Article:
Do Grade Levels Matter in Your Homeschool?

“I really want to sing in the choir with all of you.”

The young girl at church was earnest and excited as she chatted with me.

“That would be great! What grade are you in?” I asked. Youth choir started in ninth grade at our church. There was no upper limit in age (as evidenced by my participation.)

She hesitated for just a moment too long.

“Sixth grade,” she said somewhat hesitantly.

“Hey, are you homeschooled?” 

Of course she is. That extra bit of hesitation is a dead giveaway for the homeschooled student. My kids and many others I have seen take just a few seconds extra to answer that question.

deschooling

The Traditional School Approach vs. Homeschool

In traditional schools, students are sorted into grades based not on ability and social skills, but instead by age. This can be a detrimental practice because some students are socially far more or far less mature than their peers. Even more, it can be detrimental because students do not always develop academic skills at the same ages. Every five year old is not ready to learn to read or do the same kinds of math at the same time as their peers.

This is not really a good practice for kids at all. It’s just the only one that traditional schools have been able to develop. Fortunately homeschooling gives us more flexibility and, frankly, the ability to just dispense with the grade level nonsense all together.

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Do Grade Levels Matter In Your Homeschool?

Many homeschool students work across grade levels in the subjects. As a parent, I am more concerned with mastery and will “hold my students back” to be sure they really understand a subject without worrying about the grade level number on the workbook.

It is also a fact that in some subjects, homeschool students work “ahead” and might be a couple of grade levels advanced in some of their subjects.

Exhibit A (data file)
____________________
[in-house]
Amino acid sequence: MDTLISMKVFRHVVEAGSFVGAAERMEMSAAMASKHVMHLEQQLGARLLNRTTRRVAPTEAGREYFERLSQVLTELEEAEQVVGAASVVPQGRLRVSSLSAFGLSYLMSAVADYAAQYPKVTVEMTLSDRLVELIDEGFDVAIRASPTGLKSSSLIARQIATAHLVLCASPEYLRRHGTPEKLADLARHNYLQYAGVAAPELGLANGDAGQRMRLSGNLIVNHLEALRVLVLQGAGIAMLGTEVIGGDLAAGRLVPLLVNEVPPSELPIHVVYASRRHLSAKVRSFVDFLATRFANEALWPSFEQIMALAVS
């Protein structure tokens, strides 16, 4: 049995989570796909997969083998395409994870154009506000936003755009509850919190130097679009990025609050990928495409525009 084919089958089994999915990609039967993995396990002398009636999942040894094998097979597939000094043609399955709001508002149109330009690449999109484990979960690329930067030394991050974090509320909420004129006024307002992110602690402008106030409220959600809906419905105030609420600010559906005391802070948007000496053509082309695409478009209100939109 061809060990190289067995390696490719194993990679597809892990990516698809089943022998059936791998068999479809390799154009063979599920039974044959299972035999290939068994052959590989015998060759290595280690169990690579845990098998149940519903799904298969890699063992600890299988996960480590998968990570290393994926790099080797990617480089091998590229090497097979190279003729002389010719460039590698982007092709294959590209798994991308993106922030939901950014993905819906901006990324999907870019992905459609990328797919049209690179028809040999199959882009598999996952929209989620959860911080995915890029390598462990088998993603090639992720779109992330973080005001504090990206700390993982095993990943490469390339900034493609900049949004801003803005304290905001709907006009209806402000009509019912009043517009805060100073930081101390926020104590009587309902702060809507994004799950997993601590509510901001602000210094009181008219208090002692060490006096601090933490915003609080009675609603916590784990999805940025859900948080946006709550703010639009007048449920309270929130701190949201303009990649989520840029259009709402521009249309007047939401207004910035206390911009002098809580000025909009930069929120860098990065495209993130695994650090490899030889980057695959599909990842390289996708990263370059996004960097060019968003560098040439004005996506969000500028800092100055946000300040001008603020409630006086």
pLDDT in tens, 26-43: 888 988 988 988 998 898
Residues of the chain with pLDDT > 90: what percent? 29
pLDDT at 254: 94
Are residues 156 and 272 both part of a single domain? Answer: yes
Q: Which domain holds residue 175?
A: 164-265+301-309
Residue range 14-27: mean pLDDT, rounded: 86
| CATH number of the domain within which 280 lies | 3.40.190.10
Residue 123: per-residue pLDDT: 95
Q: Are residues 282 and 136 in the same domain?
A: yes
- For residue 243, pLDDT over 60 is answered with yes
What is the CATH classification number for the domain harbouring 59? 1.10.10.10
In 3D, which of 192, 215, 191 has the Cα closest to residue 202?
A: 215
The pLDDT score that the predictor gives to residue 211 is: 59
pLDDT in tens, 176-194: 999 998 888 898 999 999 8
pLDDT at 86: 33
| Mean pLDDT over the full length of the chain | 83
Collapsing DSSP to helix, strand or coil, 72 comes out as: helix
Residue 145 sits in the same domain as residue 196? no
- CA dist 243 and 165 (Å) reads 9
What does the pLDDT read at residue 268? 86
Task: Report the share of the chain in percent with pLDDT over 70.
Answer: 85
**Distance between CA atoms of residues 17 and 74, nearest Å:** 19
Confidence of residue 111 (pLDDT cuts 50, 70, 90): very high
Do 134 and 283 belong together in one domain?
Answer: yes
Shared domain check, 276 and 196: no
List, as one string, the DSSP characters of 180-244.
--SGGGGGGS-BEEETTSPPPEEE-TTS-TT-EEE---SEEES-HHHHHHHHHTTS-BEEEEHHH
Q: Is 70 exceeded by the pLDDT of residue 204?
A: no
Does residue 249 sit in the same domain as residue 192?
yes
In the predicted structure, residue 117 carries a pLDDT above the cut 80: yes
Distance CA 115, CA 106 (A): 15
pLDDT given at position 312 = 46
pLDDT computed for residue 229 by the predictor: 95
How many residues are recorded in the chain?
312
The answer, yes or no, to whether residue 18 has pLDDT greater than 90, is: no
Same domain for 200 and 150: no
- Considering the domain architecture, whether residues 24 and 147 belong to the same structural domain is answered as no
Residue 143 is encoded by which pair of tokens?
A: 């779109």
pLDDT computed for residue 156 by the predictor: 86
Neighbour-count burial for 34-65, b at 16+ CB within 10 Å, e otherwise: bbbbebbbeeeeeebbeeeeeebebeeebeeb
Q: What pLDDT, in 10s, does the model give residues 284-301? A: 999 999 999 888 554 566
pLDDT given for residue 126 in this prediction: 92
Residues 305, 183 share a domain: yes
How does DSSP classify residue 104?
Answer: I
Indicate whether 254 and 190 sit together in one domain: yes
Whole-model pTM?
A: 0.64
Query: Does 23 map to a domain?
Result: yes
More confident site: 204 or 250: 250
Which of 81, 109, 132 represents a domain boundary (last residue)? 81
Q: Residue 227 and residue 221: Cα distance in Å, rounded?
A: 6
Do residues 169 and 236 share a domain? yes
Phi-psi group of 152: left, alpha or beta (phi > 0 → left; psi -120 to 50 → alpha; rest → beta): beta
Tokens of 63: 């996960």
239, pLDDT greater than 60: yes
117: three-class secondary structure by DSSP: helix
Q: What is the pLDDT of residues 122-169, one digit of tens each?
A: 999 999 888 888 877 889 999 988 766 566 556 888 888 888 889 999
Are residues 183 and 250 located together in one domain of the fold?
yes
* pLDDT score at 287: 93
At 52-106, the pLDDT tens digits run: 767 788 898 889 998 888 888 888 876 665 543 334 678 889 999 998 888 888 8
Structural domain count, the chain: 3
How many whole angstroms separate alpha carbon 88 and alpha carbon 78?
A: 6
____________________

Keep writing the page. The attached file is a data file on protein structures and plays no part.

Talking about grade level becomes complicated when you are grade 3 in one subject and grade 7 in another.

We have solved this problem in a couple of ways.

First, we tell our kids what grade they would be in school if they were attending. This is the answer they give to well-meaning strangers trying to make conversation. This is the answer they use for “social sorting” at church and local sporting groups.

I’m not saying they always remember which grade, but it does give them something to say.

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Even with a pat answer to give, students sometimes get caught up themselves in the meaning behind this arbitrary number. They don’t want to do third grade math in fourth grade. Or get an elevated idea of their own importance when they are doing fifth grade language arts.

The solution to this problem is to choose a homeschool curriculum that eschews grade levels and uses some other designator for its levels. I have found this very helpful through the years.

Using mastery of the subject is a much better way to measure progress than age.

Learning Math Through Play In Your Homeschool

How To Measure Progress In Your Homeschool (without grade levels)

So when do they graduate?

Most parents are ready to move those kids out of the home and into trade school, work, or college somewhere around age 18, but even this might not be as arbitrary as you would first believe.

The first thing to do is to make sure your student has enough courses on their transcript to meet state requirements for graduation. That really shouldn’t be a problem because everything can count in your homeschooling days.

I know more than one homeschool family who makes a decision about graduation from year to year. They have decided to do a fifth year of high school or finish in only three depending on factors like the maturity of the teen, the need for more practice with skills, or the fact that the kid has enough credits and is ready to move on. 

teach your child to read

As homeschoolers we have opted out of the system, so there is no reason to let it dictate how we are going to educate our children (as much as possible within the law.) If you are prioritizing the needs of your child, you will always make the best decision

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